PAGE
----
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Publication numberUS20070162349 A1
Publication typeApplication
Application numberUS 11/550,219
Publication dateJul 12, 2007
Filing dateOct 17, 2006
Priority dateOct 17, 2005
Also published asWO2007047871A2, WO2007047871A3
Publication number11550219, 550219, US 2007/0162349 A1, US 2007/162349 A1, US 20070162349 A1, US 20070162349A1, US 2007162349 A1, US 2007162349A1, US-A1-20070162349, US-A1-2007162349, US2007/0162349A1, US2007/162349A1, US20070162349 A1, US20070162349A1, US2007162349 A1, US2007162349A1
InventorsDavid Silver
Original AssigneeMarkmonitor Inc.
Export CitationBiBTeX, EndNote, RefMan
External Links: USPTO, USPTO Assignment, Espacenet
Client Side Brand Protection
US 20070162349 A1
Abstract
Embodiments of the invention provide systems and methods for providing authentication of brand information used on a website. According to one embodiment, providing reputation based authentication of brand information can comprise collecting information related to each of a plurality of websites. The information can relate to use of brand information by the website. Information related to the website from the collected information can be correlated and scored based on the correlated data. According to another embodiment, reputation information related to the website can be requested from a reputation service. The reputation information can comprise a score indicating the relative authenticity of the brand information used by the website. The reputation information can be received from the reputation service and an indication of the authenticity of the brand information used by the website can be generated based on the score.
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Claims(38)
1. A method for providing reputation based authentication of brand information used by a website, the method comprising:
collecting information related to each of a plurality of websites, the information related to use of brand information by the website;
correlating information related to the website from the collected information; and
scoring the use of the brand information by the website based on the correlated data.
2. The method of claim 1, further comprising saving the score for the website.
3. The method of claim 2, further comprising:
receiving a request from a client application for reputation information related to the website;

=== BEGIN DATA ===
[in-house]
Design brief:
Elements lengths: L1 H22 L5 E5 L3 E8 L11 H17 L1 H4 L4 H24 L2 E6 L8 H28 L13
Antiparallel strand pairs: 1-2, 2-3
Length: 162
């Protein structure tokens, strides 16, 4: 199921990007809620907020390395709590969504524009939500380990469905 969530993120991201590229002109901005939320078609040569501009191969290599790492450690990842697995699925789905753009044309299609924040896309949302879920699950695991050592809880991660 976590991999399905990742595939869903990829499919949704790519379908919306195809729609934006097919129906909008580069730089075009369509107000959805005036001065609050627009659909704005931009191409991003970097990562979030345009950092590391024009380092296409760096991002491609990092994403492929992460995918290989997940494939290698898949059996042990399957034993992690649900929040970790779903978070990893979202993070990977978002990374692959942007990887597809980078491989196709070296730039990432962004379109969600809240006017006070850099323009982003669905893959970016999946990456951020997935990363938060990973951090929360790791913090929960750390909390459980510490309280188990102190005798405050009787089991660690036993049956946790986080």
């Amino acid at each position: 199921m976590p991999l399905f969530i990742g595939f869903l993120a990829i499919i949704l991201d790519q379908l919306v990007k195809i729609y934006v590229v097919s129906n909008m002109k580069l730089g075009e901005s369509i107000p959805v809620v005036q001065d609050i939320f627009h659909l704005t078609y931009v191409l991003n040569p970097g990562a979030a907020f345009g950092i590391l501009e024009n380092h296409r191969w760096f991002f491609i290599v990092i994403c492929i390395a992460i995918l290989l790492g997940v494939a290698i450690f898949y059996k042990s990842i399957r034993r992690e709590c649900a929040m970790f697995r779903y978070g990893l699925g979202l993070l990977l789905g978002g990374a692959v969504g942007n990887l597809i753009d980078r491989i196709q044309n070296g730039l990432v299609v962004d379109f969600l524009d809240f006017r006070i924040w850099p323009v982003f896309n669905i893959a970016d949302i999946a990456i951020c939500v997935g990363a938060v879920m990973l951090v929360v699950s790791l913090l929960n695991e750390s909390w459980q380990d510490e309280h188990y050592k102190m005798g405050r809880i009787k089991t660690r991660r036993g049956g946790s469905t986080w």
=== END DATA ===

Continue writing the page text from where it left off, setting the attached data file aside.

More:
retrieving the saved score for the website; and
providing the saved score to the client application in response to the request.
4. The method of claim 3, wherein said client requests the reputation information in real-time.
5. The method of claim 3, wherein the client periodically requests the reputation information in a batch process.
6. The method of claim 1, wherein the information related to use of brand information by the website comprises data harvested from a plurality of resources.
7. The method of claim 1, wherein the information related to use of brand information by the website comprises registration data related to the website.
8. The method of claim 1, wherein the information related to use of brand information by the website comprises data from a plurality of enabling parties.
9. The method of claim 1, wherein the information related to use of brand information by the website comprises background data related to the brand information.
10. The method of claim 1, wherein scoring the website comprises generating one of a plurality of levels of indicators, wherein each level of the plurality of levels of indicators represents a relative level of authenticity for the website use of the brand information.
11. A method of determining authenticity of brand information used by a website, the method comprising:
requesting reputation information related to the website from a reputation service, wherein the reputation information comprises a score indicating the relative authenticity of the brand information used by the website;
receiving the reputation information from the reputation service; and
generating an indication of the authenticity of the brand information used by the website based on the score.
12. The method of claim 11, further comprising, prior to requesting reputation information related to the website from the reputation service, receiving a request from a client application for authentication of the brand information used by the web site.
13. The method of claim 12, further comprising providing the indication of the authenticity of the brand information used by the website to the requesting client application.
14. The method of claim 12, wherein the requesting client application comprises a web browser viewing the website.
15. The method of claim 11, wherein requesting reputation information related to the website from the reputation service is performed periodically.
16. The method of claim 15, further comprising saving the indication of the authenticity of the brand information used by the website.
17. The method of claim 16, further comprising receiving a request from a client application for authentication of the brand information used by the web site.
18. The method of claim 17, further comprising: